The Court also emphasized that these speech activities were only impeded where the intended recipient of the leaflet had not consented to the approach. However, as opposed to an 8-foot space, a 30-foot gap effectively precludes obtaining consent to approach at all and becomes a complete ban on approaching and therefore on leafleting and oral protest, education, counseling.
As a demonstrative exercise, substituting "30 foot" for "8 foot" throughout the Hill decision demonstrates how the greatly increased distance forecloses open ample alternative channels of communication and essentially negates the Supreme Court's teaching and reasoning that upheld the Colorado statute, e.g.:
- "[T]his [30-foot] zone allows the speaker to communicate at a 'normal conversational distance.'"
- "The [30-foot] separation between the speaker and the audience should not have any adverse impact on the readers' ability to read signs displayed by demonstrators."
- "The [30-foot] restriction on an unwanted physical approach leaves ample room to communicate a message through speech."
- "Signs, pictures, and voice itself can cross an [30-foot] gap with ease."
- "Nothing in this statute, however, prevents persons from proffering their literature, they simply cannot approach within [thirty] feet of an unwilling recipient."
None of these revised statements make sense due to the widely differing effect of a 30 foot buffer zone versus a mere 8 foot zone and highlight why the Hill court would not approve of SB 742.
More recently than Hill, the Supreme Court struck down a Massachusetts law creating 35-foot speech-free buffer zones around the entrances to abortion clinics. McCullen v. Coakley (2014). The Court held that the law was not narrowly tailored and infringed on a core First Amendment activities of one-on-one conversation and leafleting: "It is thus no answer to say that petitioners can still be 'seen and heard' by women within the buffer zones. If all that women can see and hear are vociferous opponents of abortion, then the buffer zones have effectively stifled petitioners' message."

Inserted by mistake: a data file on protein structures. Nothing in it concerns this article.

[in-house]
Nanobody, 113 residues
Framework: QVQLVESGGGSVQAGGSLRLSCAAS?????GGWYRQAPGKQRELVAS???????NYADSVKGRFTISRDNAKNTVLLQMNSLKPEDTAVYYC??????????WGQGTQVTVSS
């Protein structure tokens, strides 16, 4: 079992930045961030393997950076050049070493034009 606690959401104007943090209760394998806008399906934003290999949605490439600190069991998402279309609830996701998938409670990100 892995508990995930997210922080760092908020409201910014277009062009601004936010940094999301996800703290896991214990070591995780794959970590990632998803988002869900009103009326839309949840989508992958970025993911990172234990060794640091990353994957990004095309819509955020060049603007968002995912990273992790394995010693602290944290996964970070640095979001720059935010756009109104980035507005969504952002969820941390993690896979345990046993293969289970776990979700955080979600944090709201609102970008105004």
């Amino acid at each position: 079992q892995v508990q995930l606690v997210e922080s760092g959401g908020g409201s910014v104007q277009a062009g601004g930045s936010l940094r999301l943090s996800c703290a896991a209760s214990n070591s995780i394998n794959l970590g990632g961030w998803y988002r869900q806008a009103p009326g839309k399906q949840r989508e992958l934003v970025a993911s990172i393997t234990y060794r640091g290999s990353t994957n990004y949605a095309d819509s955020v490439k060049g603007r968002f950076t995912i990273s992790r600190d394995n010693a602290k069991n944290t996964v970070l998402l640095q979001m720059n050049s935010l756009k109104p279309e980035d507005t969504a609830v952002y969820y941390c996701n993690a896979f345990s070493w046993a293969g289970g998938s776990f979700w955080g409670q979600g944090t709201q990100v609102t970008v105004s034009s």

The Court also noted that Massachusetts had failed to explain why its interests could not be protected and furthered by less drastic restrictions on speech, including simply enforcing existing criminal laws against "assault, breach of the peace, trespass, vandalism, and the like." Repeat offenders could be enjoined in civil actions. "The point is  that the Commonwealth has available to it a variety of approaches that appear capable of serving its interests, without excluding individuals from areas historically open for speech and debate."
The Court also found the Commonwealth's record of prior disruptive conduct purportedly justifying the buffer zones to be woefully deficient, as was the Commonwealth's record of having tried, without success, other means of addressing the problems that threatened its interests. "To meet the requirement of narrow tailoring, the government must demonstrate that alternative measures that burden substantially less speech would fail to achieve the government's interests, not simply that the chosen route is easier."
The Findings and Declarations of SB742 contain only one sentence setting out the perceived need for this law: "Protestors at vaccination sites continue to impede delay Californians' ability to access vaccination sites." To establish that the Statute is narrowly tailored, Defendant Bonta will not only have to show that this problem has been substantial, that it continues, and that the government has tried other means of addressing the problem, without success.
The Court found the Massachusetts law unconstitutional because it "burden[ed] substantially more speech than necessary to achieve the Commonwealth's asserted interests." The Statute at issue here also burdens substantially more speech than necessary to achieve the asserted interest of "blunt[ing] and stop[ping] infectious diseases" by ensuring "access" for residents to obtain vaccinations….
Looks like a winner to me. (Millen and Short, by the way, won Hoye v. City of Oakland (9th Cir. 2011), an important free speech content-based prosecution case—a victory for anti-abortion demonstrators, before Judge Marsha Berzon, Judge Stephen Reinhardt, and District Judge Louis Pollak [E.D. Pa.].)